The last 6 weeks or so have been a mix of mini-injury and illness. I guess I should count myself lucky, considering it’s been a long time since I’ve been sidelined for anything other than my own choice. Normally, when I’m not doing anything, there’s a itch to get going again, to sign up for something, to find a challenge of some kind.

But not this time. And it’s… weird.

That perpetual guilt most of us endurance nerds feel about not getting a workout in has pretty much evaporated. All those little red boxes in Training Peaks? Meh.

I was feeling fired up after an awesome little bikes-only getaway to Maui. Strong and happy.

But since then, the inconsistency that comes with not being able to get off the couch due to coughing like a life-long smoker has totally stalled me.

And now, I feel like it’s really hard to get going again.

I’ve given myself a 2 week hall pass to do whatever I want, whenever I want to. I’m hoping to reignite the spark by putting myself on a start line that I’m totally unprepared for.

That should work, right?

                             TAKE US BACK

 

Random

I’ll listen.

A year ago, I wrote a post about how I came to admit to myself – and others, by virtue of pressing “publish” – that I struggled with depression. It was scary but also really liberating. It was like I was forcing myself to walk the talk, to prove that there wasn’t stigma around the issue of mental health.

Fast forward 365 days. Once again, it’s “Bell Let’s talk” day in Canada. In some ways, very little has changed. In others, everything has changed.

A friend suggested that perhaps I write a follow-up, detailing how I came to tackle my situation. It took a while, but here we are.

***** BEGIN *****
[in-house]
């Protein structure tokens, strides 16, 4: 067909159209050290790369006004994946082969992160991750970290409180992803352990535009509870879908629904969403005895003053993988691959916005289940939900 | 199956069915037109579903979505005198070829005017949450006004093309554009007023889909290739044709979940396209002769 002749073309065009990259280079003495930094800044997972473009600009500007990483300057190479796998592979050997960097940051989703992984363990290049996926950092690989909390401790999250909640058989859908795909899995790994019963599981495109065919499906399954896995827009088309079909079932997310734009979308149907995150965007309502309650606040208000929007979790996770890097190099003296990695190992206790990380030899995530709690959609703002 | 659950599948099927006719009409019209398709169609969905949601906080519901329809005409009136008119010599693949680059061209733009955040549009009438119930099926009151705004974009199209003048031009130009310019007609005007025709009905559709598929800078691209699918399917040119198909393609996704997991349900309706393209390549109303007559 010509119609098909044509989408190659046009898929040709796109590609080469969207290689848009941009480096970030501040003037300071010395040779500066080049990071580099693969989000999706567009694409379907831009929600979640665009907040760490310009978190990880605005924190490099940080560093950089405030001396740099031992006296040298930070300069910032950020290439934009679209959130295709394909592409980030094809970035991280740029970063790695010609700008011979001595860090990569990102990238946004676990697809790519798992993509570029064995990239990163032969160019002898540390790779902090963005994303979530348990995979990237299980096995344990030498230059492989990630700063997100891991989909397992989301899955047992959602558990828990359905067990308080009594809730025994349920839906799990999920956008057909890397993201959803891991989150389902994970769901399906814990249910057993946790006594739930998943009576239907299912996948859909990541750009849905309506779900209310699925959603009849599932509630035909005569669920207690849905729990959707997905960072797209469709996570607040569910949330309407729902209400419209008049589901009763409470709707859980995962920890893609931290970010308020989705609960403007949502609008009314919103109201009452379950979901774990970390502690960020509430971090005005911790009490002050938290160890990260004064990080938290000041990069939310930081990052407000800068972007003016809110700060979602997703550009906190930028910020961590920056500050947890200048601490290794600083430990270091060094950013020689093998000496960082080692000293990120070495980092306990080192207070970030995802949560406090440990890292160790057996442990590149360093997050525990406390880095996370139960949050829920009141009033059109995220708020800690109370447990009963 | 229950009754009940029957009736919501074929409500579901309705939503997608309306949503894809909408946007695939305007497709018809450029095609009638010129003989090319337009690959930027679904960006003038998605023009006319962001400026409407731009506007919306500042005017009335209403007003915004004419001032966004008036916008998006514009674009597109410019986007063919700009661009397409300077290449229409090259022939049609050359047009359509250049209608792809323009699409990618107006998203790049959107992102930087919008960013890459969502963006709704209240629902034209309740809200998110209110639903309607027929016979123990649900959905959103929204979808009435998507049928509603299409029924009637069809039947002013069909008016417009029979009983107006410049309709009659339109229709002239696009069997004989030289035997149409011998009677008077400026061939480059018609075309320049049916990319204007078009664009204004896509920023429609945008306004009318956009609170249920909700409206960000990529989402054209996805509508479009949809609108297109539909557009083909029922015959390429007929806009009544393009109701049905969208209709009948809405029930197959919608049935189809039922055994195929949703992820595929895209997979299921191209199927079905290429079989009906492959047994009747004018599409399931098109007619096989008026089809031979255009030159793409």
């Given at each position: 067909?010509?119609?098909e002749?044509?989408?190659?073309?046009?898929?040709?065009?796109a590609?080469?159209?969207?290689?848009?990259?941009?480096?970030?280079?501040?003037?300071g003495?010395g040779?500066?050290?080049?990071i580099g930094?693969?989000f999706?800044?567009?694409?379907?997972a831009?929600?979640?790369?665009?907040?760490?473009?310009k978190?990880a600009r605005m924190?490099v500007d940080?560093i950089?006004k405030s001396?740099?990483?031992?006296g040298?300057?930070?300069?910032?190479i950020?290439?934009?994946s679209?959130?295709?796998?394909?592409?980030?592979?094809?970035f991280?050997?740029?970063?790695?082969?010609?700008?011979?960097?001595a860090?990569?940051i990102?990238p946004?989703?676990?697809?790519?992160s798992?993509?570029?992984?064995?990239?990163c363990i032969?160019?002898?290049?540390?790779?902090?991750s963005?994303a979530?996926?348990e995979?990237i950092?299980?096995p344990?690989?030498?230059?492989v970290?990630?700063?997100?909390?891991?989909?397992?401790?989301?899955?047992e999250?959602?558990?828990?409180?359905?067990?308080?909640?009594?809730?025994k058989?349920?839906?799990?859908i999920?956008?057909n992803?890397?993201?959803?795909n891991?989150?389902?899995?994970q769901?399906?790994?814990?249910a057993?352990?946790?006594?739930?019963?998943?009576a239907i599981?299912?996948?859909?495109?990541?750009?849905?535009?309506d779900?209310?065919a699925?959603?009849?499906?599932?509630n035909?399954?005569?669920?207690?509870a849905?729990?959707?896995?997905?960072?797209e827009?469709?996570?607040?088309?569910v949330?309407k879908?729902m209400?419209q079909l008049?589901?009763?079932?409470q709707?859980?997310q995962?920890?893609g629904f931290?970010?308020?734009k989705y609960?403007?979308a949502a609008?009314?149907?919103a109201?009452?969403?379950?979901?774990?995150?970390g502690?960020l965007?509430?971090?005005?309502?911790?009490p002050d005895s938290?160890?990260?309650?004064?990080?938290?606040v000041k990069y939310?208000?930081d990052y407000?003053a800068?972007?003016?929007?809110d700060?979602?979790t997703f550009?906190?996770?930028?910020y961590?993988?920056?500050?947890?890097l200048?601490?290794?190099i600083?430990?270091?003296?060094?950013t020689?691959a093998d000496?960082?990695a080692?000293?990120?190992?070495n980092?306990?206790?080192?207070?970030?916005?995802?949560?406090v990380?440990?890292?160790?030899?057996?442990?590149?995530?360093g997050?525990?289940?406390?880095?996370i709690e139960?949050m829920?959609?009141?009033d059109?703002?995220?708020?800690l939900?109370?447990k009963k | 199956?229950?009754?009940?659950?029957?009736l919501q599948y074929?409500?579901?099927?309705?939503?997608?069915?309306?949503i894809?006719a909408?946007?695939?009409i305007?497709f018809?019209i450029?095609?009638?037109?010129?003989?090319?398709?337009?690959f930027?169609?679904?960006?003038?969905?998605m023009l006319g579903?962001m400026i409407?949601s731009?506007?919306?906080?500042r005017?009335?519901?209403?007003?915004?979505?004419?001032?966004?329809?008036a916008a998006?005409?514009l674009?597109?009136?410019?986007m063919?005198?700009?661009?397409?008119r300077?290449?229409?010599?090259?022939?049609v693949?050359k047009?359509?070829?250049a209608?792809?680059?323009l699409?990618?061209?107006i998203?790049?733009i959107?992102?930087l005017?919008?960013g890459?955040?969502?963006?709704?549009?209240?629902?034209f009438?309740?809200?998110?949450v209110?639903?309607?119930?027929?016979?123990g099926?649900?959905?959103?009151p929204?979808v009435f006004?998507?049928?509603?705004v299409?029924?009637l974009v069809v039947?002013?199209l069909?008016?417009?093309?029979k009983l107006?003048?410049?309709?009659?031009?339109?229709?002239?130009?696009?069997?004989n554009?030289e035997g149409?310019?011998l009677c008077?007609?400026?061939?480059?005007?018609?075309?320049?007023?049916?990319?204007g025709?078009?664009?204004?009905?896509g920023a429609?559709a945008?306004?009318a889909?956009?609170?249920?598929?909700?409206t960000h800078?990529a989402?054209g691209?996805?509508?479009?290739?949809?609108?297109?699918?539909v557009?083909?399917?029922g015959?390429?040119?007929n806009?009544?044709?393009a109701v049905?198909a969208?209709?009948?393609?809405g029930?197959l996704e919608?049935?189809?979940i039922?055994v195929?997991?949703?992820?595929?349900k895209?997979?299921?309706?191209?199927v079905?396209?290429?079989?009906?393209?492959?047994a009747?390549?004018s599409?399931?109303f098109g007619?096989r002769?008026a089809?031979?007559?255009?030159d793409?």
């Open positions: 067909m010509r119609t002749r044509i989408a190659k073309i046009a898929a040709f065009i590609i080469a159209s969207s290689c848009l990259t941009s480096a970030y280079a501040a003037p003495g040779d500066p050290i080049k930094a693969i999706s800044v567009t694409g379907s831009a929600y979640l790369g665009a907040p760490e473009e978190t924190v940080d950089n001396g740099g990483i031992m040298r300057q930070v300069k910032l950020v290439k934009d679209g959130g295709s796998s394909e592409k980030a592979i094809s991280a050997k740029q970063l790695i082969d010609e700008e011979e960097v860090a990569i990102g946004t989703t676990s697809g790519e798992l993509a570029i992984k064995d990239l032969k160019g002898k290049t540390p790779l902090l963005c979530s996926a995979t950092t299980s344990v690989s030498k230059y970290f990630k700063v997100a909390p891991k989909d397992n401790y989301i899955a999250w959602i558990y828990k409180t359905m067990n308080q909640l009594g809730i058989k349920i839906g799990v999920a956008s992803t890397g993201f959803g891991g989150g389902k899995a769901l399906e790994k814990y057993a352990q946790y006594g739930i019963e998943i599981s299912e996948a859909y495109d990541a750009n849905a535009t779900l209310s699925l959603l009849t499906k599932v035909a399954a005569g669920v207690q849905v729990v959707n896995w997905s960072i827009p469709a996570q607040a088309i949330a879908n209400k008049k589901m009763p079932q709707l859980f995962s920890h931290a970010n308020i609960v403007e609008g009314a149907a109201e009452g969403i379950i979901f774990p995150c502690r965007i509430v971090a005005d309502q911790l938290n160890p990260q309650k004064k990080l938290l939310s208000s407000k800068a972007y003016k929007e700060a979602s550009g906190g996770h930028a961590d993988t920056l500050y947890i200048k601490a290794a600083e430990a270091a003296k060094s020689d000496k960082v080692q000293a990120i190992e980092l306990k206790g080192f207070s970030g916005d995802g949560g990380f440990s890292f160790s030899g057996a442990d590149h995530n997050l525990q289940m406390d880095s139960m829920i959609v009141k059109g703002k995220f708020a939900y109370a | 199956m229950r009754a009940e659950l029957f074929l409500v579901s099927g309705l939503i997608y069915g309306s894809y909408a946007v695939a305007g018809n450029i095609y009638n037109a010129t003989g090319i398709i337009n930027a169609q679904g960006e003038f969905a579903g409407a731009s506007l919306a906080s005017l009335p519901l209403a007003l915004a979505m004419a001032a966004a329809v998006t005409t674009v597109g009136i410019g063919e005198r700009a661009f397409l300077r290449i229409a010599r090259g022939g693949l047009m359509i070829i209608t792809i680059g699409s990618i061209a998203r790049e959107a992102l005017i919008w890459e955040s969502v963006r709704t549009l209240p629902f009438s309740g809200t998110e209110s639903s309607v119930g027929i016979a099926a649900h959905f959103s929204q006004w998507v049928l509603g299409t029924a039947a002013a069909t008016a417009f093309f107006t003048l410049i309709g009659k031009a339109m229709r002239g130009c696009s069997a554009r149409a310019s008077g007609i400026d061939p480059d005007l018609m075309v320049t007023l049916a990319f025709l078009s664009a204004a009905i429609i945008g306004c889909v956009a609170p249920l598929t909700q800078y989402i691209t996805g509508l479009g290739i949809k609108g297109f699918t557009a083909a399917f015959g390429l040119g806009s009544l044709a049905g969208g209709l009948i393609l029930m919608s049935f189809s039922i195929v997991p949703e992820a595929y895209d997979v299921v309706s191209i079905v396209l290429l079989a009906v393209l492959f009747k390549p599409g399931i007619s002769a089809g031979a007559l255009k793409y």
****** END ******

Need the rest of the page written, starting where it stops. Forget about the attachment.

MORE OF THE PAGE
I don’t know that one ever truly overcomes or gets “cured” of the twin towers of depression and anxiety. Rather, for myself, it is an evolving process of managing my symptoms and triggers, and figuring out what works for me. Maybe time will tell?

Of course, there are days when I feel unstoppable. Those as so fun. Partner those with days when I feel like I can’t get out of my own way and I think that’s a pretty accurate description of the roller coaster I pilot.

You know what I think that makes me? Perfectly normal.

The most critical piece in getting myself to where I am today has been to surround myself with people who make me feel safe.

I don’t think I’ve ever typed such a corny sentence, but voila. It’s my truth.

I don’t need to constantly talk about my feeeeeelings, but knowing that those upon whom I rely are there to listen if I need them is critical. Sometimes, it’s as simple as knowing that they’ll respond when I send that text that simply says “fuuuuuuuuuuuck…”. You know what I mean.

Seeking medical help (and continuing with it, still) was the best decision I could have made for myself – and for my kids. The next best decision was coming clean, as it were. Because no longer am I hiding behind a facade and suddenly, not only have I gained more people upon whom I can rely for help, I became someone that others could come to talk to.

And so, I listen. Because, I think that’s the other part of “Let’s talk”.

Let’s listen.

Here’s what I wrote last year.

I will never forget the day that I knew I needed to ask for help.

My life, as I knew it, was crumbling around me. My mother was dying. My marriage was falling apart. I didn’t know which way was up and was barely going through the motions. I was faking it in almost every aspect of my life. I was pretending I was fine.

I so clearly wasn’t fine. I was down to 100 pounds. I wasn’t sleeping. I couldn’t eat. I was barely present, I couldn’t focus and was operating in a fog, seized by anxiety.

I was scared, sad, and I felt almost paralyzed. Of course, I had a few close friends in whom I confided (to a degree), but those nights, alone at 3:00am, when my mind was spinning, it was a dark and ugly place to be.

My whole life, I’d always tried to power through the emotional stuff, driven by the motto of “this too shall pass.” Stiff upper lip, and all that, right?

But that day, as I sat at my desk unable to type because my hands were shaking so hard, operating on 3 hours sleep, I knew then that this had to stop. I called my doctor, and walked through her door 15 minutes later.